Improved Health Care and the Rebound of the New Orleans Vietnamese Community after Hurricane Katrina
Ten years ago, Hurricane Katrina struck the Gulf Coast and left behind unparalleled devastation. As the levees failed in New Orleans, most neighborhoods were flooded, including New Orleans East, home to the majority of the city’s Vietnamese-Americans. Like other groups in the city, Vietnamese New Orleanians faced numerous challenges on the road to recovery. Slowly but surely, they have rebuilt a remarkably vibrant community – aided by already strong community ties and shared experiences of overcoming previous adversities as immigrants from a war-torn land. In some ways, the Vietnamese community today is stronger than it was before Katrina – and improvements in access and utilization of health care are part of the brightening picture.
Health Care for the Vietnamese Community before Katrina
The majority of Vietnamese immigrants in our study reside in Versailles, a close knit village in New Orleans East located a good 15-mile distance from downtown New Orleans. Before the hurricane, the city’s health care system was already straining to provide necessary services to its population – including to the Vietnamese community. Nearest to Versailles was Methodist Hospital. With 306 beds, this hospital along with Chalmette Medical Center and Lakeland Medical Center, served a population of approximately 200,000, including the Vietnamese.
Among the Vietnamese New Orleanians themselves, language limitations, cultural beliefs, limited transportation options, and financial constraints either prevented many from getting health care or prompted others to want care from providers who share their background. Only two such providers were located in the community pre-Katrina. In our data, two out of five respondents had strong Vietnamese cultural preferences. More than one-third of working-age adults did not have health insurance; a significant proportion did not own a house prior to the hurricane. Despite such barriers, slightly more than two-thirds of our respondents had obtained routine health care in the year before the hurricane – care to deal with physical health problems. Reported mental illness was rare – for example, just five percent in our sample reported suffering from depression post-Katrina – and access to mental health care was virtually non-existent.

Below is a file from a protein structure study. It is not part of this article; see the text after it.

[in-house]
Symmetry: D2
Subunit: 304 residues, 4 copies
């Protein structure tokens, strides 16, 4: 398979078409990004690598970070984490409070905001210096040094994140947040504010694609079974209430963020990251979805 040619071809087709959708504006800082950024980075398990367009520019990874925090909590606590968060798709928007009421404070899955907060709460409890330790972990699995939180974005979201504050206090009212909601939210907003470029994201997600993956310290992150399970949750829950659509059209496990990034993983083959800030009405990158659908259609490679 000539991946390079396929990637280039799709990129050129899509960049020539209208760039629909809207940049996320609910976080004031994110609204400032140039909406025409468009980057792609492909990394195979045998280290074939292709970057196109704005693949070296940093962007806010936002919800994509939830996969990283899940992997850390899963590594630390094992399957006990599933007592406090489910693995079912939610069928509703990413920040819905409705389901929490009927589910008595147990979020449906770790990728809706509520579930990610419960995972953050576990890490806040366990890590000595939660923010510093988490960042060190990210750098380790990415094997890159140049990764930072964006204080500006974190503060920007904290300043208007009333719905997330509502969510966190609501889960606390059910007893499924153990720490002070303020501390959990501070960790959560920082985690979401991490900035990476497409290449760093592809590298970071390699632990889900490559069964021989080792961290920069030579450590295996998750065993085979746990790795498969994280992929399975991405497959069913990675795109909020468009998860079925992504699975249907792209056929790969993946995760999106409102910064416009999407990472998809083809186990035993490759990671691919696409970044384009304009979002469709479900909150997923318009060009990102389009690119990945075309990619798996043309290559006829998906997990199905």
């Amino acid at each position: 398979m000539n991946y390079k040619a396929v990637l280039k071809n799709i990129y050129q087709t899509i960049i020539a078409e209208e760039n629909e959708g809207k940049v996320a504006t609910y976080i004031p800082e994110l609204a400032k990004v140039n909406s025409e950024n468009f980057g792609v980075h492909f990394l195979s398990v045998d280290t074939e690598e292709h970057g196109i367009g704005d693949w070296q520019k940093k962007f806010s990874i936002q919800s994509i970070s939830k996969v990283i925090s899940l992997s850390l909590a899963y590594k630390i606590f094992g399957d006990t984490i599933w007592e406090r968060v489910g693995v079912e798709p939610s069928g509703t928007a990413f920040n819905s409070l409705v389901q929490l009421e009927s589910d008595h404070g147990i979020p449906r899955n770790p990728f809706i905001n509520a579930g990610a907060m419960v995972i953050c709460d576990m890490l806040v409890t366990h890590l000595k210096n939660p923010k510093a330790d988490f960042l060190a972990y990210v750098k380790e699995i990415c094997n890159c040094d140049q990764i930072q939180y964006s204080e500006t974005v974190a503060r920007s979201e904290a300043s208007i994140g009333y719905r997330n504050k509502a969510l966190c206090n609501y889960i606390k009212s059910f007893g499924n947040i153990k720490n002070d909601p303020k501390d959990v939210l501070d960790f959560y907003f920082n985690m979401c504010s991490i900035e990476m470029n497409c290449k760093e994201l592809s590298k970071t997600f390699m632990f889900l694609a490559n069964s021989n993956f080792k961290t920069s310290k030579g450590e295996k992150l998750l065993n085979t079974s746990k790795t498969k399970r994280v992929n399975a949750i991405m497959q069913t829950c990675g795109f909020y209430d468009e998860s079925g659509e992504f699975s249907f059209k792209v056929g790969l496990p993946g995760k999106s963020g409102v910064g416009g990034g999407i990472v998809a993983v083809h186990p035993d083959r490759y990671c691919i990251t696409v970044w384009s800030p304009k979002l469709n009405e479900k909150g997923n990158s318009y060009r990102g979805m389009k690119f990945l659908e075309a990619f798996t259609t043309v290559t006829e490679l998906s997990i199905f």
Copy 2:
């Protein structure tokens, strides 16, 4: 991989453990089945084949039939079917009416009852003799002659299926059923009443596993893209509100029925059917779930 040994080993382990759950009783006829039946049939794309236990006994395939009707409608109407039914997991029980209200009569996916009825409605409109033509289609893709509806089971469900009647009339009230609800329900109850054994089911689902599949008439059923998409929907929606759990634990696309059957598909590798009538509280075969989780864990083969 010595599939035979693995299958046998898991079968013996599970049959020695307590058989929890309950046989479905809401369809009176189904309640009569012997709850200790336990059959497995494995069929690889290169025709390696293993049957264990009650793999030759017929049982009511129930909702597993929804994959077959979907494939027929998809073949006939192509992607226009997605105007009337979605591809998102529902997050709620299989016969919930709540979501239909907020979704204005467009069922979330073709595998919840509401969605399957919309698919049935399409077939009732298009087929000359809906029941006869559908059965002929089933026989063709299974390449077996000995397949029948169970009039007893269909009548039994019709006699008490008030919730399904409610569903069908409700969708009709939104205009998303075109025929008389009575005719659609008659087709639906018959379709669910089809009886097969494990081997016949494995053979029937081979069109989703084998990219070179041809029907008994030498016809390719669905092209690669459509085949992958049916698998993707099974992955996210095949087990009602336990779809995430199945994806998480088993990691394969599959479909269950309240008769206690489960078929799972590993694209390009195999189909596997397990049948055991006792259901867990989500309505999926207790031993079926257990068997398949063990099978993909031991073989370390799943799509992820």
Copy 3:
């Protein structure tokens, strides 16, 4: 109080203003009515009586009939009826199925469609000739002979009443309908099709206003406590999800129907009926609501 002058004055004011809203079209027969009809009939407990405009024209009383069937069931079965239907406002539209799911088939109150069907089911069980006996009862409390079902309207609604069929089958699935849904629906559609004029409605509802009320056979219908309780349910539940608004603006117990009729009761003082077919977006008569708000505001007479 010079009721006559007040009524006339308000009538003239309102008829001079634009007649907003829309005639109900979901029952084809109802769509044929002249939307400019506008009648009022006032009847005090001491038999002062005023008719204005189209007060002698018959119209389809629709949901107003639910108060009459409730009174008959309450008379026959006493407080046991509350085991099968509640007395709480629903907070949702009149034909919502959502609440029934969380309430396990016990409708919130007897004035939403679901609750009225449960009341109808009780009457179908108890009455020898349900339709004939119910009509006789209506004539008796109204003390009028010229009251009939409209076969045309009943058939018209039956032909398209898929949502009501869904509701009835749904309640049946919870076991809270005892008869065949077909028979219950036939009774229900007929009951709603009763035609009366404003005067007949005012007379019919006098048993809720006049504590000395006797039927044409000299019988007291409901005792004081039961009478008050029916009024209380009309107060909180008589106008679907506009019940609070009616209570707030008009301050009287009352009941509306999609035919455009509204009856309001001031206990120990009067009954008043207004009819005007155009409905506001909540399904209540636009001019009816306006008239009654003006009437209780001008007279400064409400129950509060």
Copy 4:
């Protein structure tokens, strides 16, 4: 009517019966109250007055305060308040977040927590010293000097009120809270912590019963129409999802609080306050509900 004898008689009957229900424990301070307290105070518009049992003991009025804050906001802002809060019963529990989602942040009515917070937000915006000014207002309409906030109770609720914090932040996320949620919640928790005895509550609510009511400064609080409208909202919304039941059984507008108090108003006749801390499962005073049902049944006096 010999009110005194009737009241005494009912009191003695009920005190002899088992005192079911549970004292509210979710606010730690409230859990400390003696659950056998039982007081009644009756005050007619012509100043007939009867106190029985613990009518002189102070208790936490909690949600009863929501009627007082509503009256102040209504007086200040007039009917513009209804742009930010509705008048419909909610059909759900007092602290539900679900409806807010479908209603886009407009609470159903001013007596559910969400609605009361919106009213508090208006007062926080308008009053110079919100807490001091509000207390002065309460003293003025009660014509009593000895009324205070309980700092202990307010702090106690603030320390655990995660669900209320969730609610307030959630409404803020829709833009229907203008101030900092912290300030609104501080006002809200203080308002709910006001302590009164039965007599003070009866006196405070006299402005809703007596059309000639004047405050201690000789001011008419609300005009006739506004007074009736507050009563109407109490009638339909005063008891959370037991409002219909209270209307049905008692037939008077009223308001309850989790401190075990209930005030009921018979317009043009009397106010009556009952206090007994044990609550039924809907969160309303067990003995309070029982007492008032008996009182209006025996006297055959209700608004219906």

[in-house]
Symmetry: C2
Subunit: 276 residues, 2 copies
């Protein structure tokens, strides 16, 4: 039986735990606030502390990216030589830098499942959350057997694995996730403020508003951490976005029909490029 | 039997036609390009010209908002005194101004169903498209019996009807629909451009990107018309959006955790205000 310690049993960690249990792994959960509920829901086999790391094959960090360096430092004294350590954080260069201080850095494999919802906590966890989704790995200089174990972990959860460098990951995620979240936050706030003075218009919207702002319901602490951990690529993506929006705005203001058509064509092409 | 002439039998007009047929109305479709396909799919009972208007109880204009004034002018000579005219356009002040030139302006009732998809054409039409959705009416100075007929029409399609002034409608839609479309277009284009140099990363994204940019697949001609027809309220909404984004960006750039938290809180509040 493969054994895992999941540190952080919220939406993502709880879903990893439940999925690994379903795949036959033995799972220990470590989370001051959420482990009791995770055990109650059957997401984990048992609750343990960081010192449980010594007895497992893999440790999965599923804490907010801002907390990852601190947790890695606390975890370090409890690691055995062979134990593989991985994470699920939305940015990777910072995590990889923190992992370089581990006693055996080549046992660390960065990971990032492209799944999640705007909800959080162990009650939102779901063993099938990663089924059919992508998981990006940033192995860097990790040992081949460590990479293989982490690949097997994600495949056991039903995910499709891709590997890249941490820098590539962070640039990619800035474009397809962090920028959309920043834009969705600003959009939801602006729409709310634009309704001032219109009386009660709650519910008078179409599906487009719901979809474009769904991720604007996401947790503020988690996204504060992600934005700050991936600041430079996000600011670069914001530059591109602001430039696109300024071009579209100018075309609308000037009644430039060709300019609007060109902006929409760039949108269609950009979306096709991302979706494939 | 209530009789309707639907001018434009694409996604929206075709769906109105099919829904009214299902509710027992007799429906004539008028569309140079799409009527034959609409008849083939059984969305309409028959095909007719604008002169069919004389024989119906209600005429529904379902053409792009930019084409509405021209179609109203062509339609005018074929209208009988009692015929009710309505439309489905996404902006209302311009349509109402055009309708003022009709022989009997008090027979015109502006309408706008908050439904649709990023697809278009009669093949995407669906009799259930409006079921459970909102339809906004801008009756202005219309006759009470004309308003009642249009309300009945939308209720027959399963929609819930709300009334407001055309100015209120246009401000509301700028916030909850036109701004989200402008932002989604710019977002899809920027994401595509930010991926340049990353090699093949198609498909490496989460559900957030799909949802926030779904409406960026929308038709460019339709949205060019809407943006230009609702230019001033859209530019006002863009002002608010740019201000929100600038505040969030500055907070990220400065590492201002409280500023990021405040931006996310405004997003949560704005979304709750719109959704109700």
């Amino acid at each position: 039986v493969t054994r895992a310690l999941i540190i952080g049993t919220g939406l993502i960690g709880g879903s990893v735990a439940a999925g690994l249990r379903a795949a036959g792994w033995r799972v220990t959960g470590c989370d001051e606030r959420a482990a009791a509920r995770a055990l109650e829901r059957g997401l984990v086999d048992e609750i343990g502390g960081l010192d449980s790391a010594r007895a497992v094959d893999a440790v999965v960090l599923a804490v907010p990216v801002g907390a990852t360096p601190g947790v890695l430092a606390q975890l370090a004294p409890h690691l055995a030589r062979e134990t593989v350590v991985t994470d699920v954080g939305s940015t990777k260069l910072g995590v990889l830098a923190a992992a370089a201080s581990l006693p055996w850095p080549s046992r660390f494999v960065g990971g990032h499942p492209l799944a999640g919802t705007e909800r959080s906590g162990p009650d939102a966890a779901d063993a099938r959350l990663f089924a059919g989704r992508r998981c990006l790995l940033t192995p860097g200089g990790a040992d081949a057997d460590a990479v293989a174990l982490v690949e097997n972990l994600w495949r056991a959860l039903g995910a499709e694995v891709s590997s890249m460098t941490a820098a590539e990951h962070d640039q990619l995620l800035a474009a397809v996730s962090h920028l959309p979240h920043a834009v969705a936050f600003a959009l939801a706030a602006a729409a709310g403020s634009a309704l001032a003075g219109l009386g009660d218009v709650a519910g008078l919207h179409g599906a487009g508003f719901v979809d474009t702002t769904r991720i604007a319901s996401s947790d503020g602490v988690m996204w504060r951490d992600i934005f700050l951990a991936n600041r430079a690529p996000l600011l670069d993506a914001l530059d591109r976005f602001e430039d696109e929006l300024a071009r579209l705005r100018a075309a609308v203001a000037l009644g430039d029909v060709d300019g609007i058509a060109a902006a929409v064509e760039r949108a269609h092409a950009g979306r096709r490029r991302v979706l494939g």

Ups and Downs After the Hurricane
Hurricane Katrina destroyed the health care system along with homes, businesses, and other vital facilities. People in the New Orleans Vietnamese community had one of the highest rates among ethnic groups of returning to the city after the disaster, but with virtually no access to nearby health care. The nearest emergency facility was Tulane hospital, 15 miles away, and only one of the two Vietnamese doctors remained in the community. Given all of this, overall health care utilization by the local Vietnamese declined in the year after the hurricane. But at the same time, disparities in health care access by education, home ownership and health insurance coverage were actually reduced by one year after the hurricane, compared to what those disparities had been previously. How could inequalities decrease with so much disruption?